EXPERT ANALYSIS From the ANNUAL INTERNAL MEDICINE PROGRAM
ESTES PARK, COLO. (FRONTLINE MEDICAL NEWS) – The latest major guidelines on management of hypothyroidism create a new, looser treatment target for older patients.
“This is a departure from the message we’ve given many times in the past. Elderly people seem to tolerate slight degrees of hypothyroidism and may actually benefit from it,” Dr. Michael T. McDermott said at a conference on internal medicine sponsored by the University of Colorado.
The American Thyroid Association guidelines issued late last year ( Thyroid. 2014 Dec;24:1670-75 ) raise the target serum TSH to 4-6 mIU/L in hypothyroid individuals age 70 or older. The target serum TSH in nonelderly, nonpregnant patients remains unchanged at 0.5-4.5 mIU/L, noted Dr. McDermott, professor of medicine and director of endocrinology and diabetes practice at the University of Colorado Hospital, Aurora.
“The slightly higher TSH treatment target in elderly patients is very heavily evidence-based. Studies showed that people over age 70 often did worse if their TSH was maintained in the low end of the normal range, and that people whose TSH was maintained up to about 6 mIU/L didn’t seem to have any adverse effects from that. It’s kind of a moving target: we’ll probably see the data reevaluated over time. But I think it’s clear that normal elderly people have a normal TSH that’s slightly higher,” according to the endocrinologist.
The starting dose of levothyroxine (LT4) in older patients is 25-50 mcg/day. The TSH level should be rechecked after 6 weeks in patients with overt hypothyroidism and 6-10 weeks in those with subclinical hypothyroidism, with LT4 then being titrated in the elderly until it’s in the 4-6 mIU/L range.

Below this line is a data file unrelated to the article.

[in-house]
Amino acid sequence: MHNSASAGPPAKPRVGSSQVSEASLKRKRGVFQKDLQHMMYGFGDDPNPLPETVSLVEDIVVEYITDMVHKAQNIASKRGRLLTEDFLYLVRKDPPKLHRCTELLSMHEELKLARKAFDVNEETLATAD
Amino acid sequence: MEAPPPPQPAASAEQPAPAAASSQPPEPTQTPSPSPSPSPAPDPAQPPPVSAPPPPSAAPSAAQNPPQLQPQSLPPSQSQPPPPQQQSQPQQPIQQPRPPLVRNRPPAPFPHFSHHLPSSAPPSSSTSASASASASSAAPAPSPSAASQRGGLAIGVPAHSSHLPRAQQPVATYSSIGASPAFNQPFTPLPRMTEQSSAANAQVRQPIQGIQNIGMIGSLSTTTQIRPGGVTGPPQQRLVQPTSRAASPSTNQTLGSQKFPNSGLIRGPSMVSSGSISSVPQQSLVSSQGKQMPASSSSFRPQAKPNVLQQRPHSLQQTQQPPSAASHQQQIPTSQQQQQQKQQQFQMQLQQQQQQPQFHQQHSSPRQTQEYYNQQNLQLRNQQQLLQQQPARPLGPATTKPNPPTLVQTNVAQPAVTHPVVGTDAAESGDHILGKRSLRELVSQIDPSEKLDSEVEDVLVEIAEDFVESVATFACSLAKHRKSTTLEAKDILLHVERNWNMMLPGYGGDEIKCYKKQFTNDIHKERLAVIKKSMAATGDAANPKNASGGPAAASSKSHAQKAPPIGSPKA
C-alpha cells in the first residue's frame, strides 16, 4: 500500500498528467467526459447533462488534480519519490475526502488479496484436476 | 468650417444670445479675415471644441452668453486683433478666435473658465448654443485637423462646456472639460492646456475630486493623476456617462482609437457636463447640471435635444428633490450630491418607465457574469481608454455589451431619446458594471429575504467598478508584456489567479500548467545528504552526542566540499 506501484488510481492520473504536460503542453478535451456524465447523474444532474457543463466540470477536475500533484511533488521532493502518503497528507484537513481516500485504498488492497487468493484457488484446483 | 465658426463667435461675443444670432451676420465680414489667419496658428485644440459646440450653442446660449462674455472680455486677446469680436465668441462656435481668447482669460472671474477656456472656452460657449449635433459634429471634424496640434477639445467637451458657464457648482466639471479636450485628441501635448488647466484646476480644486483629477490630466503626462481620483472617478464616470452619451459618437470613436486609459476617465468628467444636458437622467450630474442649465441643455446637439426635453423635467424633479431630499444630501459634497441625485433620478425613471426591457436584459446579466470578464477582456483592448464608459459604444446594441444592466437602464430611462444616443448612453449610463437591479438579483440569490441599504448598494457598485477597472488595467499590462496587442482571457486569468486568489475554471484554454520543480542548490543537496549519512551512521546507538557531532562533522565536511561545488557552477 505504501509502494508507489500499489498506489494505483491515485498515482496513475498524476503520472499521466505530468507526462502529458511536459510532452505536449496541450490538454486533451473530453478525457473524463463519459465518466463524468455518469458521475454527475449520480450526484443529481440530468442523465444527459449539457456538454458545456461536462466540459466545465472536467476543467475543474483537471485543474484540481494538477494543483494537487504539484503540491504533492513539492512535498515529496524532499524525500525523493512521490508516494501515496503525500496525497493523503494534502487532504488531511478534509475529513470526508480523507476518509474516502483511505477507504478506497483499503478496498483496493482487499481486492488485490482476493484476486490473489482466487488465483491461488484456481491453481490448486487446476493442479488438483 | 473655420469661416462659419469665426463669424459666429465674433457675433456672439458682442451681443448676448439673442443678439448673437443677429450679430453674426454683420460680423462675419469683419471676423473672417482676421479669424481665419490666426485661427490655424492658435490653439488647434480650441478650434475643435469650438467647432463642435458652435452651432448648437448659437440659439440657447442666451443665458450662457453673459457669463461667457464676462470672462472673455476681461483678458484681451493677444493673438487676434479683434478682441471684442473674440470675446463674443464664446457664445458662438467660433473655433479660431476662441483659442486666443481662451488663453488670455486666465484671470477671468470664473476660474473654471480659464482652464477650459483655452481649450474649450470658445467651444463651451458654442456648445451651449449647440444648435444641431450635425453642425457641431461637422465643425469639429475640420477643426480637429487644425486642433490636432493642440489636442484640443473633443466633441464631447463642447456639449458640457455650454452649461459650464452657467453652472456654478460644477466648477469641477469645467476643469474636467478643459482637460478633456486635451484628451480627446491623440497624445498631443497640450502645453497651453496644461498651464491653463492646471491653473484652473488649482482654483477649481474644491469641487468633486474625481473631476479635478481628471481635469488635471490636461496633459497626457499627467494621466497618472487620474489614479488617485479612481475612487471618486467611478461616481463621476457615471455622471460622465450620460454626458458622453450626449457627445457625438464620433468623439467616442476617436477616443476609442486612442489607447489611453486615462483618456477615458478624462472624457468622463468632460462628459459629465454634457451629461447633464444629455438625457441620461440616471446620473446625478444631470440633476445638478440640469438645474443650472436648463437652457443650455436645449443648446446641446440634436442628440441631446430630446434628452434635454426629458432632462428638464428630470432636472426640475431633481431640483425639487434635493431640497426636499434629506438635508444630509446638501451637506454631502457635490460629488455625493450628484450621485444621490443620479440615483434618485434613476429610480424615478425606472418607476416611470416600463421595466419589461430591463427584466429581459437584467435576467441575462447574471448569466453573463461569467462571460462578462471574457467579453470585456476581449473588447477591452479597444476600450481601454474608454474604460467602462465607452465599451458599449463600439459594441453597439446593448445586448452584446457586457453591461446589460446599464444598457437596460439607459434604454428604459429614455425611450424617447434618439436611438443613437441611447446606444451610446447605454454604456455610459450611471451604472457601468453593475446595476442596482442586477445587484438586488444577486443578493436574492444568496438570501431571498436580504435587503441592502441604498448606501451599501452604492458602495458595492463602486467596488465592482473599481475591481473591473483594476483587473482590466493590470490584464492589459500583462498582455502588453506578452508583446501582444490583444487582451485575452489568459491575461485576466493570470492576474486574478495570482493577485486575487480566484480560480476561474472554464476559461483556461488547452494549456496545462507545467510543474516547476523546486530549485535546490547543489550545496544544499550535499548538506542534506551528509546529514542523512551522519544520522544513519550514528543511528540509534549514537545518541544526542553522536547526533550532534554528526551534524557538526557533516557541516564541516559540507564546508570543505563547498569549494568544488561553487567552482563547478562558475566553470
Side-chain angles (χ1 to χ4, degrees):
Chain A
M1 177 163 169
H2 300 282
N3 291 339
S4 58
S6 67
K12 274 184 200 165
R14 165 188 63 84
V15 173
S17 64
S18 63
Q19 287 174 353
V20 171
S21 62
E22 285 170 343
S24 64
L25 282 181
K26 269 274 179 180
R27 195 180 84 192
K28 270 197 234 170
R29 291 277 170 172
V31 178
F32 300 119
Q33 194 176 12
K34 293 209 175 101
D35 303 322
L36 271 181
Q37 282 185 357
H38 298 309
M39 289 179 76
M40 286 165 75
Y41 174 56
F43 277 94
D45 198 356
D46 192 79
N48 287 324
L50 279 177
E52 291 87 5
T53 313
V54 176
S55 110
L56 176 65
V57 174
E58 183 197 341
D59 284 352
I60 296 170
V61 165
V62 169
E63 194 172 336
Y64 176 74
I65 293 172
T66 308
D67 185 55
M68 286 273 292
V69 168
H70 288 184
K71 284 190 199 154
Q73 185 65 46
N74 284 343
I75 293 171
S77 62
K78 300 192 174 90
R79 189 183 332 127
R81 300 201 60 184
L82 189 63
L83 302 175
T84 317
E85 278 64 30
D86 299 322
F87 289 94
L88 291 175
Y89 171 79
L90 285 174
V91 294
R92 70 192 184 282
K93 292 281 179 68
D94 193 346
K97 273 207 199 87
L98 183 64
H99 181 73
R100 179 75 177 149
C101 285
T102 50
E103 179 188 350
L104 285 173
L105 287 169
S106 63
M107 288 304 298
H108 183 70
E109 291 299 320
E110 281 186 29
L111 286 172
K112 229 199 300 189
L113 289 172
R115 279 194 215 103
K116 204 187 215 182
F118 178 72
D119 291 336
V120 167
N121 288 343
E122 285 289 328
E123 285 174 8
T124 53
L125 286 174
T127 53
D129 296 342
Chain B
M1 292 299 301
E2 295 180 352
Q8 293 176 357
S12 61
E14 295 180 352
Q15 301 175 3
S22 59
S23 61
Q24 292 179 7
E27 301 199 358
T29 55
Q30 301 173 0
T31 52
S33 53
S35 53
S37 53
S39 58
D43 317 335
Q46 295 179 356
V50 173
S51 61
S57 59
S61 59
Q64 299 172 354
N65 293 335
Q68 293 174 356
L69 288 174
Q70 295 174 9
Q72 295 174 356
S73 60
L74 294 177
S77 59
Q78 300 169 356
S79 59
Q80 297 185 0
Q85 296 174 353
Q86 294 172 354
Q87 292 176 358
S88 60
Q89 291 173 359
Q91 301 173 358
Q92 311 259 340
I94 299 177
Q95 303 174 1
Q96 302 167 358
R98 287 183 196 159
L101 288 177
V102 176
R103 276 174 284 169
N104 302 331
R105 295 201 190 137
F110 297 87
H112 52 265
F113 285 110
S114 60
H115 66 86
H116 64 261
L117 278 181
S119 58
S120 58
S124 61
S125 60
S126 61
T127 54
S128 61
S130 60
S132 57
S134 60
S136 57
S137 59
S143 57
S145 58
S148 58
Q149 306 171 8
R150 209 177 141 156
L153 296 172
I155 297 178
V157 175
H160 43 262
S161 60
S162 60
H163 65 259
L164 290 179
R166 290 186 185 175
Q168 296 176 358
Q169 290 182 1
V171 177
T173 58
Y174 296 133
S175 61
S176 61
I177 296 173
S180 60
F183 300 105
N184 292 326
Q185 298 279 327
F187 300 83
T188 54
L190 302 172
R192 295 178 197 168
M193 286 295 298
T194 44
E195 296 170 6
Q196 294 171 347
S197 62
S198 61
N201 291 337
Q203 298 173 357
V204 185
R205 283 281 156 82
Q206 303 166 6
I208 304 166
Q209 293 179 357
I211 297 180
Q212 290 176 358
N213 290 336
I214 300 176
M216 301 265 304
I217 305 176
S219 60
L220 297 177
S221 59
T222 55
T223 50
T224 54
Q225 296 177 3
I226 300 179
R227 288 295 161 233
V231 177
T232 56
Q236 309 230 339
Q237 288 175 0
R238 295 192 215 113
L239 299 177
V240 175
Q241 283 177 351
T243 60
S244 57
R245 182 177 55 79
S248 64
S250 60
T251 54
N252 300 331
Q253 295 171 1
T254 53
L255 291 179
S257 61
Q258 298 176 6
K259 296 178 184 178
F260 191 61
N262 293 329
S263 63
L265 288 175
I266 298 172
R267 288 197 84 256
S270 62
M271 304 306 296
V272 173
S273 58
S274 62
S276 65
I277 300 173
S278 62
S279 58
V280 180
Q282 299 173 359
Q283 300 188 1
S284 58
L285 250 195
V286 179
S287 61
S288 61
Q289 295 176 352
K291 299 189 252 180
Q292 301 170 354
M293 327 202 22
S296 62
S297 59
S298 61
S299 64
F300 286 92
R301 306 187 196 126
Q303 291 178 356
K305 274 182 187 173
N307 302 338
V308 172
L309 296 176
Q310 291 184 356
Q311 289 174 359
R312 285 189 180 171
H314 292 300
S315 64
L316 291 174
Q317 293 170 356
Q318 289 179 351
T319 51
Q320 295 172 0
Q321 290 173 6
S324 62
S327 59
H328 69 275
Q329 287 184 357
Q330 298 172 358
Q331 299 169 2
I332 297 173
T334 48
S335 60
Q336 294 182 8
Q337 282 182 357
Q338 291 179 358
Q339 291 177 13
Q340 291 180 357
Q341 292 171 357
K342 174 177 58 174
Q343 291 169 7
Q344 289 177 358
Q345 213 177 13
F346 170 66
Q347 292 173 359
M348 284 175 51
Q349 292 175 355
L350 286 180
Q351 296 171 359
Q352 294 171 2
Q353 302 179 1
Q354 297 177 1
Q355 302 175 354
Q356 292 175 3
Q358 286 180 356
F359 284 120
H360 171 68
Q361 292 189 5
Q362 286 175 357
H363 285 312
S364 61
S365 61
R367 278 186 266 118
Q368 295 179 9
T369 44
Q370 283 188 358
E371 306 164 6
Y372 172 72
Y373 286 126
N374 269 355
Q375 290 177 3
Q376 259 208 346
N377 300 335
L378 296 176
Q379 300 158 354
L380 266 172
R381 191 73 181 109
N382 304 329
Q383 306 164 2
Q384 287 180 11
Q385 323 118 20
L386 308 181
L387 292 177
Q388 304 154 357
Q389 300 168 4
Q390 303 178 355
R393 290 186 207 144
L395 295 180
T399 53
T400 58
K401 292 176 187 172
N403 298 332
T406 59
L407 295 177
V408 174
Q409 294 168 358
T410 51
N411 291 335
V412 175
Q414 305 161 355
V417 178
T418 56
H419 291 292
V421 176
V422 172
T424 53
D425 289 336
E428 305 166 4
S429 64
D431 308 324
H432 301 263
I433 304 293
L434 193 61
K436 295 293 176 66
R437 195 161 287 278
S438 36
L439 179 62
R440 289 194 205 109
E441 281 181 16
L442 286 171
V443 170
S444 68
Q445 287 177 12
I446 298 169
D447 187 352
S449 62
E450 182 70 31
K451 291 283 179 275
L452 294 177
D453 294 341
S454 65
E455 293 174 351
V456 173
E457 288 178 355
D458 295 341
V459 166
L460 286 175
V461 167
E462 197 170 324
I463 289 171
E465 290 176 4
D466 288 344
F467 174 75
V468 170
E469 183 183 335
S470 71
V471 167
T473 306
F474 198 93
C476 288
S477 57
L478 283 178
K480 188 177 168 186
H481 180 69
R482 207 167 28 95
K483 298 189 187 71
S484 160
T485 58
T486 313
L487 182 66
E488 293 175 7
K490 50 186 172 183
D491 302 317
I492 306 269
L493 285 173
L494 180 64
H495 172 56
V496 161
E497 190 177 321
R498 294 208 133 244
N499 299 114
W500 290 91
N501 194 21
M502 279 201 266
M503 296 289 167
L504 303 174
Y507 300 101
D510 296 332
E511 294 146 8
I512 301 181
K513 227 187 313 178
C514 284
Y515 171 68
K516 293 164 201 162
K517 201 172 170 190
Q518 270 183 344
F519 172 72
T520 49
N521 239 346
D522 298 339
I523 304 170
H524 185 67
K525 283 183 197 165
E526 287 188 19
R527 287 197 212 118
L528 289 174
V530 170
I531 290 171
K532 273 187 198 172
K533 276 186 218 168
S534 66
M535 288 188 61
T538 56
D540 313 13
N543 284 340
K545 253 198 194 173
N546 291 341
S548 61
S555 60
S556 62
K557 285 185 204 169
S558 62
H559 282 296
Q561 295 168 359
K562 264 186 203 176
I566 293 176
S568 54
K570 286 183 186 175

Speaking of subclinical hypothyroidism, which is defined by an elevated TSH but a normal free T4 level, four studies now show the same thing: While subclinical hypothyroidism is independently associated with increased cardiovascular mortality in patients under age 65, it does not carry any increased cardiovascular mortality risk in older individuals. The first of these studies, a meta-analysis of 15 clinical trials totalling 2,531 subclinically hypothyroid patients and more than 26,000 controls, found a 37% increase in cardiovascular mortality in patients younger than 65 with subclinical hypothyroidism, but no increase in older people with the disorder ( J Clin Endocrinol Metab. 2008 Aug;93:2998-3007 ).
“We don’t know why that is, but it’s the reason the recommended TSH range when treating people for subclinical or overt hypothyroidism has now changed in people over age 70,” Dr. McDermott explained.
The consensus recommendations of the American Thyroid Association and the American Association of Clinical Endocrinologists advise treatment of subclinical hypothyroidism involving a TSH level greater than 10.0 mIU/L. In patients with lesser elevations of TSH, however, clinical judgment is critical in deciding whether to treat or monitor.
“If the person has symptoms, treatment is very reasonable. You should know, however, that one-third of people who have a TSH of 4.5-10.0 mIU/L will have a normal TSH 1 year later if you don’t treat them. So if they’re not symptomatic you may usually monitor these patients,” he said.
While LT4 remains the treatment of choice for hypothyroidism, 16% of patients have persistent symptoms despite optimal LT4 therapy. They appear to benefit from a combination of LT4 and liothyronine (LT3) given in a 10:1 ratio. Because LT3 lasts for only about 8 hours, it’s best administered twice daily. Thyroid tests should be obtained before the medication is taken because triiodothyronine (T3) levels rise abruptly in response to a dose.
Dr. McDermott reported having no financial conflicts of interest.